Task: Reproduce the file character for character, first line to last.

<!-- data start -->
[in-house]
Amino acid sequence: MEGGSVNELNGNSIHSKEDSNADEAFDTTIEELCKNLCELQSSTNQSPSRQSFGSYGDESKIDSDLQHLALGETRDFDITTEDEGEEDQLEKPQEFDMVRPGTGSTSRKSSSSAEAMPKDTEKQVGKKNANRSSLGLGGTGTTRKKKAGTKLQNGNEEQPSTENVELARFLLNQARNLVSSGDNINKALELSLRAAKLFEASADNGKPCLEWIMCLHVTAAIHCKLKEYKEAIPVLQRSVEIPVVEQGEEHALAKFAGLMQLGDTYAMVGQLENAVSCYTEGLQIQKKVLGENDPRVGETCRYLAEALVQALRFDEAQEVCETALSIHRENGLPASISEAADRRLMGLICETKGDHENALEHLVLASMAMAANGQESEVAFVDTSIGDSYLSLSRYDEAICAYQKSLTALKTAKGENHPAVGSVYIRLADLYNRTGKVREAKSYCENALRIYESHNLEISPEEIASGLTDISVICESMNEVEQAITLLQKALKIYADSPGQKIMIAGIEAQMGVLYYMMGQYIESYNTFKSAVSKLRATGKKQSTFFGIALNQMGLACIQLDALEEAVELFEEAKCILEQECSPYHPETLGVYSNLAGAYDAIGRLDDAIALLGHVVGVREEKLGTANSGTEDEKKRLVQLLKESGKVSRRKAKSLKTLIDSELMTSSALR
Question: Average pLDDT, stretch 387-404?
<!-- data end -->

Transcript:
[in-house]
Amino acid sequence: MEGGSVNELNGNSIHSKEDSNADEAFDTTIEELCKNLCELQSSTNQSPSRQSFGSYGDESKIDSDLQHLALGETRDFDITTEDEGEEDQLEKPQEFDMVRPGTGSTSRKSSSSAEAMPKDTEKQVGKKNANRSSLGLGGTGTTRKKKAGTKLQNGNEEQPSTENVELARFLLNQARNLVSSGDNINKALELSLRAAKLFEASADNGKPCLEWIMCLHVTAAIHCKLKEYKEAIPVLQRSVEIPVVEQGEEHALAKFAGLMQLGDTYAMVGQLENAVSCYTEGLQIQKKVLGENDPRVGETCRYLAEALVQALRFDEAQEVCETALSIHRENGLPASISEAADRRLMGLICETKGDHENALEHLVLASMAMAANGQESEVAFVDTSIGDSYLSLSRYDEAICAYQKSLTALKTAKGENHPAVGSVYIRLADLYNRTGKVREAKSYCENALRIYESHNLEISPEEIASGLTDISVICESMNEVEQAITLLQKALKIYADSPGQKIMIAGIEAQMGVLYYMMGQYIESYNTFKSAVSKLRATGKKQSTFFGIALNQMGLACIQLDALEEAVELFEEAKCILEQECSPYHPETLGVYSNLAGAYDAIGRLDDAIALLGHVVGVREEKLGTANSGTEDEKKRLVQLLKESGKVSRRKAKSLKTLIDSELMTSSALR
Question: Average pLDDT, stretch 387-404?